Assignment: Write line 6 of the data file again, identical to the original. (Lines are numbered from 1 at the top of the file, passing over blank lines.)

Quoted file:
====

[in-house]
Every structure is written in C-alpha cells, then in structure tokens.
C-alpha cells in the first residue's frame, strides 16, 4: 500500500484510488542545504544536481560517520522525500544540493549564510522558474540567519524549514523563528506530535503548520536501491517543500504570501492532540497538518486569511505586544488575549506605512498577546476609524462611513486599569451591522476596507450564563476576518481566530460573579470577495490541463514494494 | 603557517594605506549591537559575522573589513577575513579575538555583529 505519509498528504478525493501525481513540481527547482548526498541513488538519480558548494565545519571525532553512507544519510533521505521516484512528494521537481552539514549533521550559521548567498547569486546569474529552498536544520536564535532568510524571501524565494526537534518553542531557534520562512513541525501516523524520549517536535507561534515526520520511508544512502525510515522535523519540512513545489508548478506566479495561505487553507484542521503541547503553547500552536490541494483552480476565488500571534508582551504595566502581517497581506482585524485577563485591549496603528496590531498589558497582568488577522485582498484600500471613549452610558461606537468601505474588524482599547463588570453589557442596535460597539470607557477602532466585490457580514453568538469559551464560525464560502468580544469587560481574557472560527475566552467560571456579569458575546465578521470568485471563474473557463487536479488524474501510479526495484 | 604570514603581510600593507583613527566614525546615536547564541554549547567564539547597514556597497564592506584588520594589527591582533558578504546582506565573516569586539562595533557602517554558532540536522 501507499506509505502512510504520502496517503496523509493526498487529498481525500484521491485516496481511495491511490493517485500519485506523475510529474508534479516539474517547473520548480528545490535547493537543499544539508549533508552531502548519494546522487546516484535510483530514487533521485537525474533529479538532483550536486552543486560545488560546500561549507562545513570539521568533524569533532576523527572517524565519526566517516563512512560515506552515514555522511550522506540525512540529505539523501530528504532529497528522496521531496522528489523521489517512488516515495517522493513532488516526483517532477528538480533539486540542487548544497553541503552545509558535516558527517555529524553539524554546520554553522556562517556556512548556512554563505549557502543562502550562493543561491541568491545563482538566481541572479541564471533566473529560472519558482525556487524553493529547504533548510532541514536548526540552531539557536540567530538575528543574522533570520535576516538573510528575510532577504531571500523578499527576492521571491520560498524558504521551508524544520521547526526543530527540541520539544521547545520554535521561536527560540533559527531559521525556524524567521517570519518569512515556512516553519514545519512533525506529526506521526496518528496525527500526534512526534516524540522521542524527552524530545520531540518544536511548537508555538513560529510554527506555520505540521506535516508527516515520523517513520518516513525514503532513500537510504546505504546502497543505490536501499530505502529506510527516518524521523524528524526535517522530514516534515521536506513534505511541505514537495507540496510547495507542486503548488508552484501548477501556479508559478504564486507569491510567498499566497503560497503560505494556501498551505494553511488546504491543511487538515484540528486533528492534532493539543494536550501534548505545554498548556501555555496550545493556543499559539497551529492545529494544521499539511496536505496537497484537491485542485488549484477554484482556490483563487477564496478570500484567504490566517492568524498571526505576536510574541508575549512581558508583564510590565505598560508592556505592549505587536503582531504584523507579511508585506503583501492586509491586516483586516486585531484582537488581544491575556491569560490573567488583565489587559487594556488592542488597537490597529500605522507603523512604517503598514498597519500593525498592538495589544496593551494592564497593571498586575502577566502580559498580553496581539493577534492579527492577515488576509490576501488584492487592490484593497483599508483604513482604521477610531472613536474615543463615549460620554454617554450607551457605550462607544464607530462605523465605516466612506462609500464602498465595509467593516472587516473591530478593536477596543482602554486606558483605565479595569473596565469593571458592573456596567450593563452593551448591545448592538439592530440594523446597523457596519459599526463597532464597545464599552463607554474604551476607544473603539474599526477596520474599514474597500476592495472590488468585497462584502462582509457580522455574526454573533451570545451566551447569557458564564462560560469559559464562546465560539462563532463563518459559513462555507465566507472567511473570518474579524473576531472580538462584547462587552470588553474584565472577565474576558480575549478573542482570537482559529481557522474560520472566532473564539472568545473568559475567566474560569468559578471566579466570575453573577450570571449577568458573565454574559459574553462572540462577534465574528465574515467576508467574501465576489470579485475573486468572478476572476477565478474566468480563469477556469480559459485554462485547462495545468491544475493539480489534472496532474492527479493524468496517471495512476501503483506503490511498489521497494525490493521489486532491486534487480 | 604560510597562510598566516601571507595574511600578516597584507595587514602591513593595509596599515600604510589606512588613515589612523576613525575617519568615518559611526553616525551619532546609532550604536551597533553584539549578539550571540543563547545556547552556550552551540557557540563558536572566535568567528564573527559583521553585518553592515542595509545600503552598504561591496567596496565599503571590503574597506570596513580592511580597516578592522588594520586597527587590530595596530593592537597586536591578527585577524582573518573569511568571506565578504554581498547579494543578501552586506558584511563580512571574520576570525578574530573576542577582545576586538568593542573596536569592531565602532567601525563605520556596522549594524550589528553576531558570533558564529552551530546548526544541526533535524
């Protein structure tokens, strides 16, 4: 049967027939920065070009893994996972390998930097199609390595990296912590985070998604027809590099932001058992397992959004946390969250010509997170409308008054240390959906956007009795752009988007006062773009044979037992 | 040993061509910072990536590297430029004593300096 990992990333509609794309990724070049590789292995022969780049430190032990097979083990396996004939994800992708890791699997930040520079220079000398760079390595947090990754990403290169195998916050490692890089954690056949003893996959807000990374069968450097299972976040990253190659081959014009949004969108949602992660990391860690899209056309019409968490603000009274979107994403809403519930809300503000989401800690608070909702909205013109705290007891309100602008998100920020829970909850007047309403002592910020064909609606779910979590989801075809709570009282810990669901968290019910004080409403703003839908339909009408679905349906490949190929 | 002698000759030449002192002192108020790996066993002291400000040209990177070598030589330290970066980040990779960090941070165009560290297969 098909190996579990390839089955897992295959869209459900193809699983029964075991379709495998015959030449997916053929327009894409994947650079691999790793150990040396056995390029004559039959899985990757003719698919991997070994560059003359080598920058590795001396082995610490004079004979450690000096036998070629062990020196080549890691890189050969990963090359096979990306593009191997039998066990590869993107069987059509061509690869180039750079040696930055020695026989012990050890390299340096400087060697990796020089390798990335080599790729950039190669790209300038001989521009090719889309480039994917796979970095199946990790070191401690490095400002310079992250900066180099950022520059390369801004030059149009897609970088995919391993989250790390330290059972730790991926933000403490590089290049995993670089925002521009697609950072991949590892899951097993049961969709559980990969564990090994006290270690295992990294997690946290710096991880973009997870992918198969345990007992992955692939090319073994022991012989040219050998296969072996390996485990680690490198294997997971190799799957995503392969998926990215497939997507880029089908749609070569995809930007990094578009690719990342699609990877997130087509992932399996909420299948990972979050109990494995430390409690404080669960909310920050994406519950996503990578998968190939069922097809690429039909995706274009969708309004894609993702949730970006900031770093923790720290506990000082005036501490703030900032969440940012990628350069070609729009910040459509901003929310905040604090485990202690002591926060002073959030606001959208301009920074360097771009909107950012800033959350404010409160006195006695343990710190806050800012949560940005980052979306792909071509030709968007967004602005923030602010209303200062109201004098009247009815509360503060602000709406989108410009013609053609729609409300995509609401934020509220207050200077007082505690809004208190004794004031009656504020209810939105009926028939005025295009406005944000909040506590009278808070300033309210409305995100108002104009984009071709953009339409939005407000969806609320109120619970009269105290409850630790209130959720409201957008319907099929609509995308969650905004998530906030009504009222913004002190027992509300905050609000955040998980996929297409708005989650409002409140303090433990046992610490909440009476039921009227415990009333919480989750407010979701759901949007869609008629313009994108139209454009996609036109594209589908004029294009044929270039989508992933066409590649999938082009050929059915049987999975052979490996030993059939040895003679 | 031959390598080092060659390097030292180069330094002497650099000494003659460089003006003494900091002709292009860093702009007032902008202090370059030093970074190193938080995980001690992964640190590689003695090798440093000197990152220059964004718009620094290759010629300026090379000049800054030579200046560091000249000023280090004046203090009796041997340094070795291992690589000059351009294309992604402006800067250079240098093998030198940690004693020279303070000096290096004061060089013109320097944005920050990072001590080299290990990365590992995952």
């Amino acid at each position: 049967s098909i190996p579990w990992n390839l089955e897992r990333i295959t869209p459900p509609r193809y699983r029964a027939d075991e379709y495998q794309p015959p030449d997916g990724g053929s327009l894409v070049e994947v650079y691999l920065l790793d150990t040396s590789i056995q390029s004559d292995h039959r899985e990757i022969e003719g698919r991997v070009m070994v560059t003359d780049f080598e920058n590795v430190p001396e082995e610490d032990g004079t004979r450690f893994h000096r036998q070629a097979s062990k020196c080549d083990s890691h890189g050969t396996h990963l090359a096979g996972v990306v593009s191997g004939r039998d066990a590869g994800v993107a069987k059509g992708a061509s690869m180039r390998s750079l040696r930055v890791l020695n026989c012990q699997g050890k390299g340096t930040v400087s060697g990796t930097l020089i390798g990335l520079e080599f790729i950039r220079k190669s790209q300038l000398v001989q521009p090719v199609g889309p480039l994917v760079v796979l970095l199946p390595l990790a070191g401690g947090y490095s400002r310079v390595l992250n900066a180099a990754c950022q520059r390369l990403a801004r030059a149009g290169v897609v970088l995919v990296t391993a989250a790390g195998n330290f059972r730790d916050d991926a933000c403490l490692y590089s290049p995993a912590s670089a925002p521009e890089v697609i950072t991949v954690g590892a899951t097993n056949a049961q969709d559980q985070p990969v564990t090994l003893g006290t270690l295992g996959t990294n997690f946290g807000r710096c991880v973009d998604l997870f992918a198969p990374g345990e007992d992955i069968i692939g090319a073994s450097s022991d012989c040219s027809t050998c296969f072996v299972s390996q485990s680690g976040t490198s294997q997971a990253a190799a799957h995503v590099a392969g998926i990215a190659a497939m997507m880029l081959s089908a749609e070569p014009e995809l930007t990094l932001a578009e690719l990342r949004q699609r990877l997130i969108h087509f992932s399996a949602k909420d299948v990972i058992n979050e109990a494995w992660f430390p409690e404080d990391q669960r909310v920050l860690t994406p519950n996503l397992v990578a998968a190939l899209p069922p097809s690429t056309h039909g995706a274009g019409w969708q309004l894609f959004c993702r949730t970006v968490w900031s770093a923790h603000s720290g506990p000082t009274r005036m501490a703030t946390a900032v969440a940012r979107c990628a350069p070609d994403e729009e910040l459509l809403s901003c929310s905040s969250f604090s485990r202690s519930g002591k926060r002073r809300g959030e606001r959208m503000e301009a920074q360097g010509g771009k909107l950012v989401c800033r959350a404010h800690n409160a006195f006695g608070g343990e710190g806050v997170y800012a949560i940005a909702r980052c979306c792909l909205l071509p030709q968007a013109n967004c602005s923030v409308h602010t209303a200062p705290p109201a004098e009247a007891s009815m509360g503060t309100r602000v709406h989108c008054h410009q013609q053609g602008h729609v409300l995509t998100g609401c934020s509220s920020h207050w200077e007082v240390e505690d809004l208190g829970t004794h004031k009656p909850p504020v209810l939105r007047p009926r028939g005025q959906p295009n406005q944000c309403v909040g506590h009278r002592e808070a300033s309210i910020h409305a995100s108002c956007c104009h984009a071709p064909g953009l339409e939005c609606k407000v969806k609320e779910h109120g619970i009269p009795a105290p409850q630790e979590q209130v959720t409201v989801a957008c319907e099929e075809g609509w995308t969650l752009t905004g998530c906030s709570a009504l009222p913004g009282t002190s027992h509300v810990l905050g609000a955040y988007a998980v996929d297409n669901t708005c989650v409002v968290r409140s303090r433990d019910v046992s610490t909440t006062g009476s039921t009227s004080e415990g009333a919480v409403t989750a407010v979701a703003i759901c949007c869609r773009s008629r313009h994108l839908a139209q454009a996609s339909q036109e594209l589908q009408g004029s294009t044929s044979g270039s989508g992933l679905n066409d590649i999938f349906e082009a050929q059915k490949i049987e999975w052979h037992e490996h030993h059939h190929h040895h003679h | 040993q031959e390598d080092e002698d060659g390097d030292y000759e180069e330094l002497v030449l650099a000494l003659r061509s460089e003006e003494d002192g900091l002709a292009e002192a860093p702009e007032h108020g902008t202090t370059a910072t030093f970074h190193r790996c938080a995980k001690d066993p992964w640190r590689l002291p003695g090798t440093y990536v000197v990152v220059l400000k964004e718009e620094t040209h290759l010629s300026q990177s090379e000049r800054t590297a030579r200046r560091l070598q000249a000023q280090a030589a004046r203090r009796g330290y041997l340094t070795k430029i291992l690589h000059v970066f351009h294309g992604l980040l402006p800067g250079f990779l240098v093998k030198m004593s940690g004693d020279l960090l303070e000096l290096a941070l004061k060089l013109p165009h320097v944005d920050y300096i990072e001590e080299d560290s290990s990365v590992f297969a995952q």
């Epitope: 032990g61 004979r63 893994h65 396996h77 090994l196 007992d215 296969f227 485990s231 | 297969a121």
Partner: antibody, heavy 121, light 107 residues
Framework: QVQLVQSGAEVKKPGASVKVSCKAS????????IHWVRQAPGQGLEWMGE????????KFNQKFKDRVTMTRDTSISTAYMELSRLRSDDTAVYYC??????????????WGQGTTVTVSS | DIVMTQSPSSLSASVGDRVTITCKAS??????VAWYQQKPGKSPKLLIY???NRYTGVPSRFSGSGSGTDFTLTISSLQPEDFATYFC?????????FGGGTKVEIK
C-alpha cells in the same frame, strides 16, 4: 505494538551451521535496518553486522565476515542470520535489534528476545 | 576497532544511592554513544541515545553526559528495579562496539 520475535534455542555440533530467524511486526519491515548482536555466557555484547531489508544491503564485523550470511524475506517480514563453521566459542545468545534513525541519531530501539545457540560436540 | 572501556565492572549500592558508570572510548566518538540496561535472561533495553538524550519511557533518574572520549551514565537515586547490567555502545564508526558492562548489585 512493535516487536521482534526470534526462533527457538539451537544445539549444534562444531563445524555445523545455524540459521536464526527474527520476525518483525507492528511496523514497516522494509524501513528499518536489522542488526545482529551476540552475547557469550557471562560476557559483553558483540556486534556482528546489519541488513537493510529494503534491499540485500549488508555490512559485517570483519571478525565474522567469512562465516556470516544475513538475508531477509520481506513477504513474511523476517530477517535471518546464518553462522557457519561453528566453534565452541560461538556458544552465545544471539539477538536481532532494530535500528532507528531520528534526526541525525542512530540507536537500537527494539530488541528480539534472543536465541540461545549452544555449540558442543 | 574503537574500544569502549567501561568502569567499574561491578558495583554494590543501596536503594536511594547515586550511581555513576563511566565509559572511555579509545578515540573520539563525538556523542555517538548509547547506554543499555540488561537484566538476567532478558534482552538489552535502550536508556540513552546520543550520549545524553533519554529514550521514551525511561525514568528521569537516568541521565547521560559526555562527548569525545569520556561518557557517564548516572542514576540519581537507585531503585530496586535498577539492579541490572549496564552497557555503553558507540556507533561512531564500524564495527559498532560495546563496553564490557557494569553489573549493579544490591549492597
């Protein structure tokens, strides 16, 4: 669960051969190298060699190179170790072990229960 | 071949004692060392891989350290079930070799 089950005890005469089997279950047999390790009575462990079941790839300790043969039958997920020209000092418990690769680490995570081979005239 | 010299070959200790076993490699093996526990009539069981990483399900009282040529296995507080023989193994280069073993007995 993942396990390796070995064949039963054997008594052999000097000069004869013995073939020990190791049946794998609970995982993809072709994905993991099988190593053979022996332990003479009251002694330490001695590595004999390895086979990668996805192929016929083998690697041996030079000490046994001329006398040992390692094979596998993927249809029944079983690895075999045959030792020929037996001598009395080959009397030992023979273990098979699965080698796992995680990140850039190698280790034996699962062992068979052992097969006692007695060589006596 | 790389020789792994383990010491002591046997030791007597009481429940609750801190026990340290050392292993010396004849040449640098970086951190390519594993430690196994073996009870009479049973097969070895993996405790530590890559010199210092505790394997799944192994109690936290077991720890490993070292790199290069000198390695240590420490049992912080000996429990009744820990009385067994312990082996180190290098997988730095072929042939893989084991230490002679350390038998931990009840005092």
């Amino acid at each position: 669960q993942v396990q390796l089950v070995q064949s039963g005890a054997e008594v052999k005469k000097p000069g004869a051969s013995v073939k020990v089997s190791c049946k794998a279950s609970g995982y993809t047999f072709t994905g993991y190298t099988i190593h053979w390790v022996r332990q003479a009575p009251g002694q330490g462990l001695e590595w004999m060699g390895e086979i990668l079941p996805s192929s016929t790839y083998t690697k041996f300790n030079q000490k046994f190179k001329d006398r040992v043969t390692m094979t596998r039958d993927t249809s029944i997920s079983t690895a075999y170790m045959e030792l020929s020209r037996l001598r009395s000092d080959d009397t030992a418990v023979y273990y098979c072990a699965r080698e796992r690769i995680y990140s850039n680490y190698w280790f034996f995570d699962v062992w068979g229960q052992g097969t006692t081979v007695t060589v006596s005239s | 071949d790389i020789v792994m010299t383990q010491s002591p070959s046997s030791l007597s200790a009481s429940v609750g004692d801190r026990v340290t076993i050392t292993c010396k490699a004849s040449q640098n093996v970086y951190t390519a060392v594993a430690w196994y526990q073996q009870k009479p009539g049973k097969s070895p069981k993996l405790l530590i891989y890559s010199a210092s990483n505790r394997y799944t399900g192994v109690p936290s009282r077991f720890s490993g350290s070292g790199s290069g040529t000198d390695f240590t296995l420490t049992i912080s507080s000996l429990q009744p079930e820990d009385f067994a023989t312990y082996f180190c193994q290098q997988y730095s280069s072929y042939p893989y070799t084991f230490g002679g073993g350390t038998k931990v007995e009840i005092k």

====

């Epitope: 032990g61 004979r63 893994h65 396996h77 090994l196 007992d215 296969f227 485990s231 | 297969a121």